Senior Cat Care
At seven years of age we consider our feline patients senior citizens. Older cats tend to be susceptible to many diseases. Thanks to our advancing veterinary technology, many of these diseases are easily and successfully treated if they are found early. Our hospital philosophy is to provide you with the best veterinary care available for your senior cat. We feel strongly that the preventive care plan outlined below will help us understand the status of your cat’s body as well
as help him or her stay healthy for as long as possible.
Preventive Care Examination
Routine healthy pet exams are essential for proper pet care. There are a great number of diseases and illnesses that can be detected during a healthy pet exam. Most of these diseases can be treated when signs are first noticed, hopefully extending the pet’s life and decreasing the cost of managing these health changes. Based on exam findings, your veterinarian may recommend additional screening for high blood pressure or glaucoma.
(for more info see our “Vaccine Guide”)
- All cats need a distemper (abbreviated as FDRC or FVRCP) vaccine every 3 years.
- All cats are required by law to receive a Rabies vaccine from a licensed veterinarian every 1-3 years, depending on vaccine.
- It is recommended that all cats that go outdoors or live with cats that go outdoors receive a yearly dose of the Feline Leukemia Vaccine (FeLV). As cats get older they become less susceptible to Feline Leukemia. Depending on the lifestyle of the individual cat, this vaccine is sometimes given less frequently or not at all for senior felines.
Fecal Parasite Testing
By bringing a fresh stool sample (not more than 24 hours old), we can look for intestinal parasites that cats can obtain from other cats or by walking where wildlife has been. Indoor cats are sometimes exposed to parasites via rodents that get inside or even potting soil in house plants. Some of these parasites are contagious to people, especially children, and immunocompromised individuals.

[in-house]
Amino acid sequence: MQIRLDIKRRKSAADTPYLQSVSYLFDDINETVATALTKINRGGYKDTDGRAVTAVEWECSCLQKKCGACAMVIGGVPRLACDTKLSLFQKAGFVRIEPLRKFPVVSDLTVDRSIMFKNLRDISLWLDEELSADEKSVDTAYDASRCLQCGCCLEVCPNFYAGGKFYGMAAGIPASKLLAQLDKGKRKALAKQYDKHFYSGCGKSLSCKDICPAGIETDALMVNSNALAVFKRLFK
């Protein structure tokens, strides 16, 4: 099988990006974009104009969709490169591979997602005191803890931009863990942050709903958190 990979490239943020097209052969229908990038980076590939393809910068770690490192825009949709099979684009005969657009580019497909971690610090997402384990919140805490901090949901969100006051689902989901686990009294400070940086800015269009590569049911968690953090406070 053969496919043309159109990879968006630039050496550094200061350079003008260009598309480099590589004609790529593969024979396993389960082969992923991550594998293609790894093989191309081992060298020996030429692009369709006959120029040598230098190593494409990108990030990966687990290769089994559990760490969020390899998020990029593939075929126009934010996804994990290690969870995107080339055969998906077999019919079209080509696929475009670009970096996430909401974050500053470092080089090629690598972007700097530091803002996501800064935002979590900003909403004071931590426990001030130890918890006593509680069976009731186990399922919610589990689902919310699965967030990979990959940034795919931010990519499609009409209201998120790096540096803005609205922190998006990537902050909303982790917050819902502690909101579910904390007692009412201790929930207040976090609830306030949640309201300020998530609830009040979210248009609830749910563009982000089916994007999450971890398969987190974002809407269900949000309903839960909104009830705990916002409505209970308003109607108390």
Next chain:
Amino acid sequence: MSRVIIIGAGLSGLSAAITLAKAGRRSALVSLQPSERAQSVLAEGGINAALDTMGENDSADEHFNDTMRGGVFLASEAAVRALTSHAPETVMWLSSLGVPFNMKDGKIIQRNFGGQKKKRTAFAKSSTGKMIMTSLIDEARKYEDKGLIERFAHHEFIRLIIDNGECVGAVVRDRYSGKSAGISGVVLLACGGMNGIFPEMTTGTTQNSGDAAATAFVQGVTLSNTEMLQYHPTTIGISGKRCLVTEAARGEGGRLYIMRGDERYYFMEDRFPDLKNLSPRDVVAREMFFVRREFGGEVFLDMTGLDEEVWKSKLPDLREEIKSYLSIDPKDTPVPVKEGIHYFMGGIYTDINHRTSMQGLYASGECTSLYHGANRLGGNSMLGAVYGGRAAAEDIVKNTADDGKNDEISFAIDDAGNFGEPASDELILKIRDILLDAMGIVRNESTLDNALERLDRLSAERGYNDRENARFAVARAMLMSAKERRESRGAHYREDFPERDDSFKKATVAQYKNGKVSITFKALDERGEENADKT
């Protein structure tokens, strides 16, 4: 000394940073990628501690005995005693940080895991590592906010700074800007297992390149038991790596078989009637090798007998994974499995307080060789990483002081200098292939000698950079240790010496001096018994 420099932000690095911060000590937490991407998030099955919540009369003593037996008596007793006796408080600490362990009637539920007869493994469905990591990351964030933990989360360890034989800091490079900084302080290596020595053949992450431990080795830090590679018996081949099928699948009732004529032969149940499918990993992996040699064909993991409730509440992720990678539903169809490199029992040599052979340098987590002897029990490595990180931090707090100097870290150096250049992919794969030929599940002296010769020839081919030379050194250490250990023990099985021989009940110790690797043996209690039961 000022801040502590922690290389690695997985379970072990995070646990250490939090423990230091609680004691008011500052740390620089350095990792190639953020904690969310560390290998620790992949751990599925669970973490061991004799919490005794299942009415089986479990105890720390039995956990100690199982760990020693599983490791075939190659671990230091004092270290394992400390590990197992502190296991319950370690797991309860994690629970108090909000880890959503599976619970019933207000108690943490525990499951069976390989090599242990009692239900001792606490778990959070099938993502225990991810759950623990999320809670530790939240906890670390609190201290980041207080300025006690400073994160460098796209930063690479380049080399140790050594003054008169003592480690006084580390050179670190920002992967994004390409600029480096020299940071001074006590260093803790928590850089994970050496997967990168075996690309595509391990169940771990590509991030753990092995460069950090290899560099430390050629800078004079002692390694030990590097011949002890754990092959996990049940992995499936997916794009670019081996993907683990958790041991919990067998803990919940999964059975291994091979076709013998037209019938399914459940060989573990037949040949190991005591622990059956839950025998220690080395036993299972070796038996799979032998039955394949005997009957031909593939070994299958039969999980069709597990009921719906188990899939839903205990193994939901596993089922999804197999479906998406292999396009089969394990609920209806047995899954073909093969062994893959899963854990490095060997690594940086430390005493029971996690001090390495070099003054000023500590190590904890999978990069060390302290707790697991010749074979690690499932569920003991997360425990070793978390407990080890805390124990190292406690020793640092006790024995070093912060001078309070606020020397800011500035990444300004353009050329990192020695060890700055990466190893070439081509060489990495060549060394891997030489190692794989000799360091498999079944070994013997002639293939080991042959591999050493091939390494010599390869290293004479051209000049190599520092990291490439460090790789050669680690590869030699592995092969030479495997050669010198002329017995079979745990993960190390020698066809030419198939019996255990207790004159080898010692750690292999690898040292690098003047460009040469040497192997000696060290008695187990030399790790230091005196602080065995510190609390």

Feline Leukemia and Feline AIDS Test
The American Association of Feline Practitioners recommends that cats allowed outdoors unsupervised or that have contact with other cats that go outdoors are regularly tested for Feline Leukemia (FeLV) and Feline AIDS (FIV). These diseases are contagious and considered to be fatal. This test is also recommended for new cats entering the home.
Annual Senior Health Screen Blood Work and Urinalysis
We will collect both a blood and often a urine sample from your cat. The test is no more painful than a needle stick. A Complete Blood Count, Biochemical Profile, two-part Thyroid panel, and Urinalysis will be submitted to the laboratory for testing. This gives us lots of information about your cat’s organ function, immune system, metabolic function, and screens for many diseases before symptoms appear.
Regular Parasite Prevention & Control
We recommend that all cats receive year-round prevention for a variety of parasites that can be detrimental to their health and can be zoonotic (contagious to humans). The parasites that are essential to protect our feline companions against include: fleas, heartworms and intestinal parasites. There are many safe and effective products that can be used to prevent these parasites. Your veterinarian can guide you to choose an individual preventative plan that fits your kitty’s lifestyle.
Regular Oral Care
Your cat will live longer and may not have to have costly dental procedures if you can maintain excellent oral health in his or her mouth by daily tooth brushing. We also recommend the regular use of dental treats or several kibbles of dental diet given as treats for your cat to prevent dental disease. Hill’s Science Diet and Royal Canin make some great options.
If your cat is starting to show signs of tartar accumulation or gingivitis, we will recommend a professional dental cleaning under anesthesia. This allows us to clean, chart, and X-ray all of the teeth – just like our dentist does for us. Prompt attention to dental disease is the best strategy for saving teeth, preventing oral pain, and restoring oral health. Once periodontal disease has started, it is progressive and can lead to severe pain and tooth loss. As periodontal disease progresses, it becomes more costly to address.
*Due to the increasing costs of veterinary products and technology, our prices are subject to change.